Artillery is a new video game company that is rolling out its big guns. The company believes that it can create real-time multiplayer gaming on web browsers, with no downloads required for games that are very high quality. Effectively, Artillery wants to use clever software, not cloud technology, to turn a web browser into a game console.
Ankur Pansari, the chief executive of Artillery, said he was playing an online multiplayer match in the popular StarCraft game about six years ago with his co-founder Ian Langworth. But Pansari had forgotten to bring his disk with him, so he couldn’t play the game at all. More recently, he wanted to download a game, but the bandwidth for his broadband connection was so poor that it would have taken far too long to do it. Why not, he asked, just play the multiplayer version of the game through a web browser? Pansari’s team of former early Google and Facebook engineers think they can deliver this experience.
“I’m looking for a first-rate experience where I can play core games immediately, without a plug-in that crashes my web browser,” Pansari said in an interview with GamesBeat. “Our mission is to transform the modern web browser, which is more than capable of running core games at this point, and turn it into a game console.”
The company will do that by using HTML5, the lingua franca of the web, to create multiplayer games. Today, Artillery is releasing its first multiplayer game, Powderkeg, which showcases the technology.
It sounds like cloud gaming, but it’s not. With cloud technology, a game is computed in a web-connected data center, and then a compressed video is sent over a broadband connection to the gamer, creating the illusion that the game is running on the user’s machine even if that machine isn’t powerful enough to compute the game. Companies such as OnLive, Gaikai, Playcast, Otoy, and Ciinow use that technology.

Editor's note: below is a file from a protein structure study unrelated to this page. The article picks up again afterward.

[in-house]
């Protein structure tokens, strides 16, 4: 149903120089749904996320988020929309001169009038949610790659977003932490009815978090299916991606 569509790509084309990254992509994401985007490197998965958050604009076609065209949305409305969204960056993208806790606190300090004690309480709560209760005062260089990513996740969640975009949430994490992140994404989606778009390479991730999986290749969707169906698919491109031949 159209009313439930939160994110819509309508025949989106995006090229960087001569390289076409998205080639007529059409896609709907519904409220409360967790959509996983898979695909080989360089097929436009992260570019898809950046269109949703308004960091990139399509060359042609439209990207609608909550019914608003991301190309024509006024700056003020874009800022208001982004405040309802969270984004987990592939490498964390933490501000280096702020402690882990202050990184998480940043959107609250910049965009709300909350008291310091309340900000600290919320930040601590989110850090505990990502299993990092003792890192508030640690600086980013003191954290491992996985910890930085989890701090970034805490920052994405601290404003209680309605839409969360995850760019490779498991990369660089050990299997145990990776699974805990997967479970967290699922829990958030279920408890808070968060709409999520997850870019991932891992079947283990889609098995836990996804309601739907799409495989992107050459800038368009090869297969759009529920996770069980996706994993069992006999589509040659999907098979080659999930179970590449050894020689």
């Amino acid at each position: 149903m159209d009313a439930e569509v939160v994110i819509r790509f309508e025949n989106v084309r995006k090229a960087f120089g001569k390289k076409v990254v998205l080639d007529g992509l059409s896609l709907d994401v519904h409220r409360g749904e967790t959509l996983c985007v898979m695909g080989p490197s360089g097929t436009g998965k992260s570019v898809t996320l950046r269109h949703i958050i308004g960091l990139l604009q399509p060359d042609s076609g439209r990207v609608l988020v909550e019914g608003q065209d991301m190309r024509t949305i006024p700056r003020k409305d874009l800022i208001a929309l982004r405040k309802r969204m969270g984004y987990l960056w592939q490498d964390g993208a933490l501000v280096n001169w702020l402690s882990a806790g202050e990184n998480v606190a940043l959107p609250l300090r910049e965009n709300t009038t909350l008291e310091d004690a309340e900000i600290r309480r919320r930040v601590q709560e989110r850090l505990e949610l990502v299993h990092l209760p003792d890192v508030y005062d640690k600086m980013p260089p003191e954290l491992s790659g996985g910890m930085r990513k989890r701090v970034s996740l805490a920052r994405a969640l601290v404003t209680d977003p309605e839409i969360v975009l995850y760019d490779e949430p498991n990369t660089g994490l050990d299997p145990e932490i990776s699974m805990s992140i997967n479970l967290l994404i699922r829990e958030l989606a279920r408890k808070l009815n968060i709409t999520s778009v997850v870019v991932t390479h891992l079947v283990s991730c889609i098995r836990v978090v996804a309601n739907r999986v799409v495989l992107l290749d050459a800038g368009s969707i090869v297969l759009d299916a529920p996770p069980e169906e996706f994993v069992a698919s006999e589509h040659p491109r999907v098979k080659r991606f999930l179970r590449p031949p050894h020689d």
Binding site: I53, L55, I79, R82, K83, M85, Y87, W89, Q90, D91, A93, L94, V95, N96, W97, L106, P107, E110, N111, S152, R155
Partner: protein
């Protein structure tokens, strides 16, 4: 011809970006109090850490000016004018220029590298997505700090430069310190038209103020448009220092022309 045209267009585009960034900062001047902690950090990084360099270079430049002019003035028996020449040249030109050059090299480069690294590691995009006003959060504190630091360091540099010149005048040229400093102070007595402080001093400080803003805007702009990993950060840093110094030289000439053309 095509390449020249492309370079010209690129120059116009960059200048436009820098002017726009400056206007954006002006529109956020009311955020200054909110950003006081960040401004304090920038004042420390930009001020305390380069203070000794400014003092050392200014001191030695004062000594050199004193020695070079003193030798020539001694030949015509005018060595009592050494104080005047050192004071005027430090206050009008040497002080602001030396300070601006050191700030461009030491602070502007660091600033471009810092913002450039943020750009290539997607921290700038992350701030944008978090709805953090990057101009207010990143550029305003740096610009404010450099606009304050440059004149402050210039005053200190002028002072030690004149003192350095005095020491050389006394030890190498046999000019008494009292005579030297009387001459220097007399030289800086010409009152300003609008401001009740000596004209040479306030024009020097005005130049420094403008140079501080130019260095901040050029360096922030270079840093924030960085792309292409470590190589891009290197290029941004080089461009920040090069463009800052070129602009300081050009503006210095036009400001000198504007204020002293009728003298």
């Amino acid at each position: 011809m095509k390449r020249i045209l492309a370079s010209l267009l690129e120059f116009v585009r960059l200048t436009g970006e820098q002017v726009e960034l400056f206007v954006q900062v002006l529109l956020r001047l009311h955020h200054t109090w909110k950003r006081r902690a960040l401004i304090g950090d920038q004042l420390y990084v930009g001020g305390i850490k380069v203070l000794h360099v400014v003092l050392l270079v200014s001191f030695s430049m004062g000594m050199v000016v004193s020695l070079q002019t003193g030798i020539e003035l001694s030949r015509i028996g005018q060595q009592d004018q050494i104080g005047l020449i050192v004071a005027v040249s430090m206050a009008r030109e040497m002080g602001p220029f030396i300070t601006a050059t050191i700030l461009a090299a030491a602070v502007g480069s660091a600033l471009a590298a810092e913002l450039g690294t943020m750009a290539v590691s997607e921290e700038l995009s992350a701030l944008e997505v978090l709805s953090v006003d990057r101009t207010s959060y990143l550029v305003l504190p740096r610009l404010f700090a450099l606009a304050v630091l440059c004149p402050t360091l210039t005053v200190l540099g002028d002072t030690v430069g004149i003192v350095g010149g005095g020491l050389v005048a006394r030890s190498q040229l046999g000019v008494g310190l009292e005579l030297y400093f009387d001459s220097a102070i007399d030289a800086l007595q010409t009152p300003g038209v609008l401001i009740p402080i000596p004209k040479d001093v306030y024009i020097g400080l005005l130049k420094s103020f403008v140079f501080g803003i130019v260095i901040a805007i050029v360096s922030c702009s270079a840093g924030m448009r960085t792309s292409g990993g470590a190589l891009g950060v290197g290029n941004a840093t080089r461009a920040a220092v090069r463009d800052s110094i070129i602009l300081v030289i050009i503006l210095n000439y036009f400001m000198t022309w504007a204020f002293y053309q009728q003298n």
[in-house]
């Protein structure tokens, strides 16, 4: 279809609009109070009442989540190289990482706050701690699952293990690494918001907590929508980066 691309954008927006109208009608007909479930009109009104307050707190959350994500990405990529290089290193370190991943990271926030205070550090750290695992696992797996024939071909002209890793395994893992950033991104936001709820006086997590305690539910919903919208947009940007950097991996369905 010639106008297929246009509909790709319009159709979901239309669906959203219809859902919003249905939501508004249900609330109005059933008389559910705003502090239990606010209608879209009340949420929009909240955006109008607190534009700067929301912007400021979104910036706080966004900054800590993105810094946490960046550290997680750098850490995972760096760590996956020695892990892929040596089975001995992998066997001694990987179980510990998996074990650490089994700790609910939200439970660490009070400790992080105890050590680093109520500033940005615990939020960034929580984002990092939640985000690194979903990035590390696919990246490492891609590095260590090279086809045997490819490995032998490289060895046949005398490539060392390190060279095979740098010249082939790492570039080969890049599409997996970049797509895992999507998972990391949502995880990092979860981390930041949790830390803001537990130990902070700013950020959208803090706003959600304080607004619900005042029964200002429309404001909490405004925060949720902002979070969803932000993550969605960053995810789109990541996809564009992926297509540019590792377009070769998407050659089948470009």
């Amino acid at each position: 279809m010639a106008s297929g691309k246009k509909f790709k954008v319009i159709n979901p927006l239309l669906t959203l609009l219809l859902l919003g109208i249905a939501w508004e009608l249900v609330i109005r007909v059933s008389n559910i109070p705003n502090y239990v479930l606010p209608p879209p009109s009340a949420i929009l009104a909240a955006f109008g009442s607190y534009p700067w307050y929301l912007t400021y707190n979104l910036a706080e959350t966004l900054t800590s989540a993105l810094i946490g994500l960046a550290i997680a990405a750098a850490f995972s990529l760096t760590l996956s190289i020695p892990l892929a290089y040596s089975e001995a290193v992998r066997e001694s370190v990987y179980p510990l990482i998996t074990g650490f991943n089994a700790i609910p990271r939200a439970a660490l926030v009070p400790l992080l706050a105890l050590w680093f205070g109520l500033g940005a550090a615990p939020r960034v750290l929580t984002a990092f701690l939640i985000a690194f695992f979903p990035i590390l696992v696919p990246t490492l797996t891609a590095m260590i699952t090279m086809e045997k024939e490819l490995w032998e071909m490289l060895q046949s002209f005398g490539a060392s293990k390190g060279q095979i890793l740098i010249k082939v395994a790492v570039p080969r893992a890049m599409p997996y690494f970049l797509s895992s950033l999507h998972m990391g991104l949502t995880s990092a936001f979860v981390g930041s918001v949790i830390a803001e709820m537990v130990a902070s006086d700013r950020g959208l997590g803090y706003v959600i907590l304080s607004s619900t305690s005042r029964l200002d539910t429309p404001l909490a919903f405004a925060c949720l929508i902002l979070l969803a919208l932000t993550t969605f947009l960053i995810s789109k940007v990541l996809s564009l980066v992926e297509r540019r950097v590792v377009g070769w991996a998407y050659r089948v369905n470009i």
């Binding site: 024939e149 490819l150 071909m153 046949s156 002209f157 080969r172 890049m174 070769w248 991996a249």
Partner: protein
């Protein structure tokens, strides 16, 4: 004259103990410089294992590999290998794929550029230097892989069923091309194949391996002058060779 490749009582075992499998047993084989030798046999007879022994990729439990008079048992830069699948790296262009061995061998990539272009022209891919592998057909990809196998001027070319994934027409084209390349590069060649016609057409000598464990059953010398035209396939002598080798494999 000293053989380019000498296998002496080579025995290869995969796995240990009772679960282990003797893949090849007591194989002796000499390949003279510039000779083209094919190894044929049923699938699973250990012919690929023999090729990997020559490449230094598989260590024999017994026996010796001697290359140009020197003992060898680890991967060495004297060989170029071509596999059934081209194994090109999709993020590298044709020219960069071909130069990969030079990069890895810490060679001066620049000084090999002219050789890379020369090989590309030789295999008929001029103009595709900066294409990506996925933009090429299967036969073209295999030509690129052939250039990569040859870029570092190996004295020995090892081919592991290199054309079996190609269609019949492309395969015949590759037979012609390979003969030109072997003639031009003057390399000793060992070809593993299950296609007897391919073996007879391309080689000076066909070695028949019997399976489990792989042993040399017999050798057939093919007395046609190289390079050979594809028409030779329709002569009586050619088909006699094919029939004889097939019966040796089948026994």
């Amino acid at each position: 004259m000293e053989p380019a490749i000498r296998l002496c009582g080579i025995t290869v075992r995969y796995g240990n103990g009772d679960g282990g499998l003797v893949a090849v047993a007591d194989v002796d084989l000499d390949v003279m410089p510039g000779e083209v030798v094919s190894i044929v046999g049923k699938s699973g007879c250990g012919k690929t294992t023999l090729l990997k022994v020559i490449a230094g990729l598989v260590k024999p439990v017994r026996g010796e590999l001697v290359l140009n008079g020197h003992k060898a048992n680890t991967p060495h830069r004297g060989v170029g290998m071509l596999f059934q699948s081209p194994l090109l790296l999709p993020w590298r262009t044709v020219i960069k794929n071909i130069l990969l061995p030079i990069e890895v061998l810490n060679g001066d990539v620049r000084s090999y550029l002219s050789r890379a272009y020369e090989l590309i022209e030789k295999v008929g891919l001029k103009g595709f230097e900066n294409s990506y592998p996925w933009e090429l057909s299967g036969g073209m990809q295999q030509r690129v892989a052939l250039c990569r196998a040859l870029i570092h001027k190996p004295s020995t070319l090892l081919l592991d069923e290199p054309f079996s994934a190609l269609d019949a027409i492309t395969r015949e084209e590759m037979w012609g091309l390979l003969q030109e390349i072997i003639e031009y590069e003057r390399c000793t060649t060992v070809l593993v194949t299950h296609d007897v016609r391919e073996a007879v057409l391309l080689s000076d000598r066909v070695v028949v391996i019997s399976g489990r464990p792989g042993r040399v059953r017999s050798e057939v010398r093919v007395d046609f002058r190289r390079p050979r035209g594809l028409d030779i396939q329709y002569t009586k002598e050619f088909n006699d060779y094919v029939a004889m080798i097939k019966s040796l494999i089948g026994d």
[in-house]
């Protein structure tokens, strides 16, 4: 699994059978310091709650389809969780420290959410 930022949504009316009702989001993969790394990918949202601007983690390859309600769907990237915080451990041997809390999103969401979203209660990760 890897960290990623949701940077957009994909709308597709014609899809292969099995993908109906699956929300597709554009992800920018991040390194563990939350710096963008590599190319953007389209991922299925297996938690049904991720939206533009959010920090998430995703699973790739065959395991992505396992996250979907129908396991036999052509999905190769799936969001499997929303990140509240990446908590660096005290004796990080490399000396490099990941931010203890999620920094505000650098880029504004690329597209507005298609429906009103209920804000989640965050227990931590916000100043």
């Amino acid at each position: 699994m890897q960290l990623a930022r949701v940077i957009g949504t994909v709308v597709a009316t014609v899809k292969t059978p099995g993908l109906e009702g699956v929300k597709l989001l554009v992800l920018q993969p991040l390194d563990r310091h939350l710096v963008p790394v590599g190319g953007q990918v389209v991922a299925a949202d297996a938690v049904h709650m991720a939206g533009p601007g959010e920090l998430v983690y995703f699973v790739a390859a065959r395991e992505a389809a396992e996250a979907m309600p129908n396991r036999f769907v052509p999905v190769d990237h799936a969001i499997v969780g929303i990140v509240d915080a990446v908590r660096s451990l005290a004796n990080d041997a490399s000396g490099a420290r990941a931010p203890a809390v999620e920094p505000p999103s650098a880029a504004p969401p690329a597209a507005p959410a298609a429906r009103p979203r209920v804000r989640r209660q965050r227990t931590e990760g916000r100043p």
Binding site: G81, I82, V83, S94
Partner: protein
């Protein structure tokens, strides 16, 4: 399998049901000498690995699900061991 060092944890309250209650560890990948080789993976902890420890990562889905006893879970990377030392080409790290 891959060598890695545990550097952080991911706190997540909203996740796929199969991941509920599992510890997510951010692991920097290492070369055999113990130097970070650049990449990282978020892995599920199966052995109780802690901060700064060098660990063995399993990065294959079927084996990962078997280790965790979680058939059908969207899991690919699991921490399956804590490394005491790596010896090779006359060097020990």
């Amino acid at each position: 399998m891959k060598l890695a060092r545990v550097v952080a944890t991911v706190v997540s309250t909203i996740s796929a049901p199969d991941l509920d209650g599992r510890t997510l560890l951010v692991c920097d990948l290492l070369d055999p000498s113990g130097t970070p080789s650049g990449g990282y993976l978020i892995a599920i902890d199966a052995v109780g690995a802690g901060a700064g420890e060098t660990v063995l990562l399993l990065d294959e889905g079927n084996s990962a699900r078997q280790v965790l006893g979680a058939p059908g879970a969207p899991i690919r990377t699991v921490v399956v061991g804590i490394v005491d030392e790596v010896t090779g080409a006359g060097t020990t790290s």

But Pansari has outlined his technology in a post that talks about “six impossible tasks” that his company has to overcome to make its vision a reality. The goal, he says, is to let players begin playing rich, AAA games seconds after clicking a link. Artillery can do so by building an asset-streaming system that can look at a game, figure out exactly which assets a player will require at each point, and then get there just in time. (Progressive download games use the same idea, but there is no download here.)
One of the tricks is to build tools to automatically create degraded versions of art assets and have the client browser download the degraded assets first, so the player can start playing the game immediately. Then, the technology will stream the high-quality assets as quickly as possible and swap them in as they finish arriving.
Back in August, Artillery announced that it raised money from First Round Capital, Playdom cofounder Rick Thompson’s Signia Ventures, Chris Sacca’s Lowercase Capital, General Catalyst, Andreessen Horowitz, longtime former Google employee Ben Ling, Greylock’s Ali Rosenthal, Bubba Murarka, Tim Ferriss, Crunchfund, and Kevin Colleran, who was one of Facebook’s first employees. That’s an all-star cast for a humble gaming startup with only a handful of people.
But the significance of bringing real-time, synchronous multiplayer gaming to the web is a big deal. It enables multiplayer gaming within HTML5 through the Chrome and Firefox browsers. For now, the technology works with two-dimensional multiplayer games. In the long term, Pansari said that the company wants to add 3D graphics games.
If Artillery succeeds, it will be much easier for players to adopt new games and play them with friends. This change could have a big impact on console games and could make developing multiplayer games for multiple platforms a lot easier.
“This is a huge pain point for anyone who isn’t in a huge studio,” said Pansari.
Rival technologies include native code for social and mobile platforms, as well as Google’s Native Client technology (which requires a one-time download). Other startups supporting HTML5 game development include Turbulenz, Game Closure, and Ludei.
“Our vision may take a while — maybe 10 years to 20 years,” said Pansari. “But we believe we can turn the web browser into a gaming console and disintermediate the consoles. All modern TVs could just run games, period. I just want to play with my friends in real-time and not have to install anything.”
The company has five employees, and it started about six months ago.
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